Until now, the main challenge has been navigation. Nowhere was the train worse than easy class 2. After the pass, the reverse is true. From the top of the pass, find a good use trail that switchbacks tightly down a rocky chute. The low point of the pass is pretty narrow so there's really only one chute to be descended, but it is somewhat to the left of the low point in the saddle. The switchbacks can actually be seen on Google's satellite view about halfway down the pass. The very top of this chute is what I would call difficult class 2: It's pretty steep, and there's lots of loose sand in the chute, but there are enough rocks to get good purchase and it's never really exposed. After about 200 feet of descent, the slope moderates a bit and the use trail gets much better; the difficulty eases to difficult class 1, then moderate class 1. This chute drops you out onto a broad granite plateau (11). Once on this, you'll walk northeast and find an easy class 2 route down to the talus below, and then west to the shore of Crabtee Lake #3. Walk a good use trail along the north shore of Crabtree Lake #3, then walk down an easy drainage toward Crabtree Lake #2. Just above Crabtree #2, you'll find a small pond. Turn right (north) at this pond and cross behind a granite knob (12) on the east shore of Crabtree #2 to avoid some cliffs. Drop down an steep ravine just on the far side of this knob to gain the sandy east shore of the lake. Continue northwest over the saddle in front of you to pick up a good use trail past Crabtree #1 and on to Crabtree meadow.

I apologize, but it seems I didn't get any actual pictures while on the pass itself.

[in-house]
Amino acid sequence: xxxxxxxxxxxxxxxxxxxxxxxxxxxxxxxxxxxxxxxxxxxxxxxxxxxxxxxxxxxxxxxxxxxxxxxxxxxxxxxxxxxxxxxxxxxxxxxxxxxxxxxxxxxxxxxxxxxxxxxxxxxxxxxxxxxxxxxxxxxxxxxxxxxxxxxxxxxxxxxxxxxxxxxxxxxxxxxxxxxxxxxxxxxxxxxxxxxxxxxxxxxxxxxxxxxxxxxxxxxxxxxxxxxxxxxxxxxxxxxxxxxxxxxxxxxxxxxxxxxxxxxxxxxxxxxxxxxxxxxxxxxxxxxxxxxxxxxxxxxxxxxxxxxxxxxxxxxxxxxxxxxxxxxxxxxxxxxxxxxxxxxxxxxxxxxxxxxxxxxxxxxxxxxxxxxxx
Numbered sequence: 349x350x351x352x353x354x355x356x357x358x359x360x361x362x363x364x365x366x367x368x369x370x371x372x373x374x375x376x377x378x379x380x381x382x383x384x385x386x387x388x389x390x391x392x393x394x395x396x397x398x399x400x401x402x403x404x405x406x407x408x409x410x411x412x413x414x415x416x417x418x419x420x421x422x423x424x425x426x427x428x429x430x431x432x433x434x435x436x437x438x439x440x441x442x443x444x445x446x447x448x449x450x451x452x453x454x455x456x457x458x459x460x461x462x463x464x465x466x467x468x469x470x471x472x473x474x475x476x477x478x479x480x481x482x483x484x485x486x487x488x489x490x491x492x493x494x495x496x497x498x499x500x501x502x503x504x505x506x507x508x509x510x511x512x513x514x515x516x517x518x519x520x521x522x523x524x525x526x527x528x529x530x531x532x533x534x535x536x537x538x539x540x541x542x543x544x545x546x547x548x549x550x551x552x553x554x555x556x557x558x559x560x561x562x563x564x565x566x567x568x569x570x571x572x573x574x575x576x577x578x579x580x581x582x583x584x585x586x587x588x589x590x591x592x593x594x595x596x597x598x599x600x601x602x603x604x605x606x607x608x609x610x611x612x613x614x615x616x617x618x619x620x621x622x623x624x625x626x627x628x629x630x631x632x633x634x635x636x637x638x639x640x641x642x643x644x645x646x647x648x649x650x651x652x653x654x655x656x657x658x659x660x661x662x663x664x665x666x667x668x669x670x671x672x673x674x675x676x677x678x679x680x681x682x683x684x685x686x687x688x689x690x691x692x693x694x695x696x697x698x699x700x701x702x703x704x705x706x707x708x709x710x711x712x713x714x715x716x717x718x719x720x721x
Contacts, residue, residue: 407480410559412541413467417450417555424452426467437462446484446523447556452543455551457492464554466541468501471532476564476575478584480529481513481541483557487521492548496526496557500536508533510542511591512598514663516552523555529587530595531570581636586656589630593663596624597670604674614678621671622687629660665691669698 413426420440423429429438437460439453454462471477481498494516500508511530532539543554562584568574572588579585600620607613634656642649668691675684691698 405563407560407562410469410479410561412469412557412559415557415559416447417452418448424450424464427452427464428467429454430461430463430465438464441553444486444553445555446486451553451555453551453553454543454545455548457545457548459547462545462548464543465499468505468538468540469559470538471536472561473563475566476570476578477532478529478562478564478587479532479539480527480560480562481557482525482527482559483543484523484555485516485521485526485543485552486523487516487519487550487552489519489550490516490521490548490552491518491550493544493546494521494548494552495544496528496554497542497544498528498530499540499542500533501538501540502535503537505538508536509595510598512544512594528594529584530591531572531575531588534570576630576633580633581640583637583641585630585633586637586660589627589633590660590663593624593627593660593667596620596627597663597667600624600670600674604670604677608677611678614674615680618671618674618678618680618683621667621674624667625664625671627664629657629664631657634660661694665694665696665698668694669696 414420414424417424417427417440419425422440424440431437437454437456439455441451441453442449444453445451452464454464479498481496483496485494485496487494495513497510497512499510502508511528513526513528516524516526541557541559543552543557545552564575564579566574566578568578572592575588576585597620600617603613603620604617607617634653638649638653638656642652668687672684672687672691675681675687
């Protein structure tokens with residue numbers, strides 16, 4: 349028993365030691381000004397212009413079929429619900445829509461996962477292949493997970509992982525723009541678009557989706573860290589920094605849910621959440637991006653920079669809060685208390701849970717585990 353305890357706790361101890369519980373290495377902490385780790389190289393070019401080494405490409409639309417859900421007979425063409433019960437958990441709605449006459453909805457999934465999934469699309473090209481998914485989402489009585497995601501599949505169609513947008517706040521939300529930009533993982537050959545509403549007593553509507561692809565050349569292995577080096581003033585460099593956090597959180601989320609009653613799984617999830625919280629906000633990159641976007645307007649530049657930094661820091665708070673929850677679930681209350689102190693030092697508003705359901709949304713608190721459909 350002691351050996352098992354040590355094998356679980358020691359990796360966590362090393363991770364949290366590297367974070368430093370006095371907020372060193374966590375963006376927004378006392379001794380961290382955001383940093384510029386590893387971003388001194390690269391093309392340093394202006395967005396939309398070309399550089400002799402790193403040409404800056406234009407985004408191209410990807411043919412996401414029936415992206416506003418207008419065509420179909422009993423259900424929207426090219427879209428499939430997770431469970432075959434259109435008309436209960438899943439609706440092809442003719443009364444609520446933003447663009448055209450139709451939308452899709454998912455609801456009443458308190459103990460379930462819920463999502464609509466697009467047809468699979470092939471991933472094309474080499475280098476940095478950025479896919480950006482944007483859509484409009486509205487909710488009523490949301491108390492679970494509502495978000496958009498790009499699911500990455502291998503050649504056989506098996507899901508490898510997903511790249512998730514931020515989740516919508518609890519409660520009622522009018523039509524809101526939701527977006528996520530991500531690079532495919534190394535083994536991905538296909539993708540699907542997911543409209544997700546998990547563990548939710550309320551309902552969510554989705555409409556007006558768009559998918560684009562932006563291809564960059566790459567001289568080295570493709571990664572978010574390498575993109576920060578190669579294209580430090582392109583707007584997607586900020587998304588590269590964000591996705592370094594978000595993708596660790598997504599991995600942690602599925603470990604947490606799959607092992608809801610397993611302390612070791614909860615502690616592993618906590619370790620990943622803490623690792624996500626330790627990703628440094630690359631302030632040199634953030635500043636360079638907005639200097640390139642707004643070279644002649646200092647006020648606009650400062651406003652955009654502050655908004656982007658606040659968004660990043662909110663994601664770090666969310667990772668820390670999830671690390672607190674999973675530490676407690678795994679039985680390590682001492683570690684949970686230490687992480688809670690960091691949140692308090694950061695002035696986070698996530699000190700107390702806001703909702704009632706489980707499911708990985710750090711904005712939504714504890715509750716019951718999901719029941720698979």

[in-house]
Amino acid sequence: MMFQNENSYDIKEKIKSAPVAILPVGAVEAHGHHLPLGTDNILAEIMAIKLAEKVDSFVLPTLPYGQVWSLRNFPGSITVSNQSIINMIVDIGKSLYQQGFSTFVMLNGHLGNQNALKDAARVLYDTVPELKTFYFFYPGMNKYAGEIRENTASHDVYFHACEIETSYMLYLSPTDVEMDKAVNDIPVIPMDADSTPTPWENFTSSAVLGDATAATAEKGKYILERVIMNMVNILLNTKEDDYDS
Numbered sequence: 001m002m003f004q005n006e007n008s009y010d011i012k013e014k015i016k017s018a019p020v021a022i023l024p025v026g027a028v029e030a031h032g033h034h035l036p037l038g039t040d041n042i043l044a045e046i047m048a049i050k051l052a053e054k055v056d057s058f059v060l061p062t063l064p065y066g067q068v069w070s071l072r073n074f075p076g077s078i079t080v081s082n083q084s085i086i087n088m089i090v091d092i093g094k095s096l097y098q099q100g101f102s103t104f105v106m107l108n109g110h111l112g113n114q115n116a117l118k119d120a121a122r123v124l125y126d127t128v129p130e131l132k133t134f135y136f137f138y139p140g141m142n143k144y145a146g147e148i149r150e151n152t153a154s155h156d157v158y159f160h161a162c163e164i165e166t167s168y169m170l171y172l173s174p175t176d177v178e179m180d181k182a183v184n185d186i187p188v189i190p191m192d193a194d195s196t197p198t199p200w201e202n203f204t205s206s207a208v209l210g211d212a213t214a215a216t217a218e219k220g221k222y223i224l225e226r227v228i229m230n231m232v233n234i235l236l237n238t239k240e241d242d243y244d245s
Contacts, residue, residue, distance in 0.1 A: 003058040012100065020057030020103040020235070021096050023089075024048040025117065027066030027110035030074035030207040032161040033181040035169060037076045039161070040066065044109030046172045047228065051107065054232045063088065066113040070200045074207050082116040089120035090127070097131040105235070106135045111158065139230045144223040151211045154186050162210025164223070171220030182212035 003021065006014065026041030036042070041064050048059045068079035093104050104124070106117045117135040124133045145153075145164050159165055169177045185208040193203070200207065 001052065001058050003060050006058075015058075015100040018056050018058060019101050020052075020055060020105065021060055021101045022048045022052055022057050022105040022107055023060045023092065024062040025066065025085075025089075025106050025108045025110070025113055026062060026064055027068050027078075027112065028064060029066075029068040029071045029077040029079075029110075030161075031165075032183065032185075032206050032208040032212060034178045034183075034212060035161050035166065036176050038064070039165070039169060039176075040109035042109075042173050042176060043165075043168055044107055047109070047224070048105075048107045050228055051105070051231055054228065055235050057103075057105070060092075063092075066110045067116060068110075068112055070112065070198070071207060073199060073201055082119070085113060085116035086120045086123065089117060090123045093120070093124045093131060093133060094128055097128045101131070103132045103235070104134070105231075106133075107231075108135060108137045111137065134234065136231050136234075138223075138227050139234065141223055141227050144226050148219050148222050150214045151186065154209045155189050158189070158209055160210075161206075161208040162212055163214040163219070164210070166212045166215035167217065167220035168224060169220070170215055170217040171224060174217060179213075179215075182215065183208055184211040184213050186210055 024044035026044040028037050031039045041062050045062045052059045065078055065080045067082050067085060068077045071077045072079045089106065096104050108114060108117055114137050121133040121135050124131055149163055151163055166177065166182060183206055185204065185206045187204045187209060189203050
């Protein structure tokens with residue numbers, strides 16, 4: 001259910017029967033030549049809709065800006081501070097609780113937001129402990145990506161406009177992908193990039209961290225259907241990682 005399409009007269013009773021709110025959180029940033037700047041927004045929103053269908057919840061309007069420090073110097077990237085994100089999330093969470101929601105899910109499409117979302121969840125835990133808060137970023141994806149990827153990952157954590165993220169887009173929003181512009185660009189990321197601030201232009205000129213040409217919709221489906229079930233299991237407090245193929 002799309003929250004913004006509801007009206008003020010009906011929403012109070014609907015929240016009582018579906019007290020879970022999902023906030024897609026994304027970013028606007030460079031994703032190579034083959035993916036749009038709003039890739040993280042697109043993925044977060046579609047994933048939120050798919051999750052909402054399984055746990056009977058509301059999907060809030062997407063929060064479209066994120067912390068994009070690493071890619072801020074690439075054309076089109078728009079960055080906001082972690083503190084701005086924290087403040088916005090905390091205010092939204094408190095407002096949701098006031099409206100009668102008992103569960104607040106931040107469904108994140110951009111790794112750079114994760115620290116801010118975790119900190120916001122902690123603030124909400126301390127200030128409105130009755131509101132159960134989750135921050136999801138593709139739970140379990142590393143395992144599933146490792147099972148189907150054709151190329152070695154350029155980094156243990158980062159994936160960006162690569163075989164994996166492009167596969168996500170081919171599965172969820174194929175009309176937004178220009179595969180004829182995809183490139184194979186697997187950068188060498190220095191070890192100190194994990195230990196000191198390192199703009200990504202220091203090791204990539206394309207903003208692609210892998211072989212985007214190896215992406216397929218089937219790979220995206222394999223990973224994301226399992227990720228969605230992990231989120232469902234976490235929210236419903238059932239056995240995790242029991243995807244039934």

Thanks for reading and happy trails!
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Last edited by maverick on Thu Jul 27, 2017 9:16 am, edited 3 times in total.
Reason: subject matter
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Re: Crabtree (Miter) Pass

Postby Hobbes » Thu Sep 01, 2016 8:56 am

Crabtree pass is the saddle below Mt McAdie on the right. (The 3rd peak in the rear - the other two 'peaks' form the shoulder.) If you look closely, it's behind the cliff & just left of the shadow line. Discovery pinnacle is in the background. As the route map indicates, traverse the cliff band(s) above Sky blue lake to the left, then hook back around.


Here's the view from the top of the pass. The route up to Mt Whitney via Discovery pinnacle starts around the small snow patch.


Rather than drop down to begin an ascent of Discovery pinnacle, you can contour under McAdie & Whitney pass from Crabtree pass, but it's really for very advanced climbers:

http://www.summitpost.org/whitney-basin ... day/800052
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Re: Crabtree (Miter) Pass

Postby cgundersen » Thu Jul 27, 2017 9:19 am

When I've done this route (from the south only), I have deviated from what shtinky did and contoured into the outlet of the big lake at 3697 meters. This poses a bit of a challenge, because from the outlet of 3697 there are cliffs on the easier route around the lake (its west side) that force one uphill a bit before descending to walk around the lake. But, from that point it is smooth sailing to the Crabtree ridge (as the photos below will show). Once you reach the top of Crabtree, you actually have 2 options for descending into Crabtree basin. There's the route shtinky outlined, but on my last time over Crabtree, there were 4 guys coming up that way, and we did not want to dislodge rocks/scree into their path. So, we ventured a bit to the right of the path outlined on the map. It had more big hops and big rocks, but was more solid (& less dusty) than what the quartet was climbing. In a nutshell, there are multiple options for getting down (or up) the north side, and then it's up to you whether you want to mess with lake 3697 or go the way shtinky outlined. The photos will show the approach from the south and a view back at Lake 3697 which will show the small "cliffs" near the western side of the outlet that one needs to circumvent. The final shot will be views back up at the north side of the Crabtree ridge.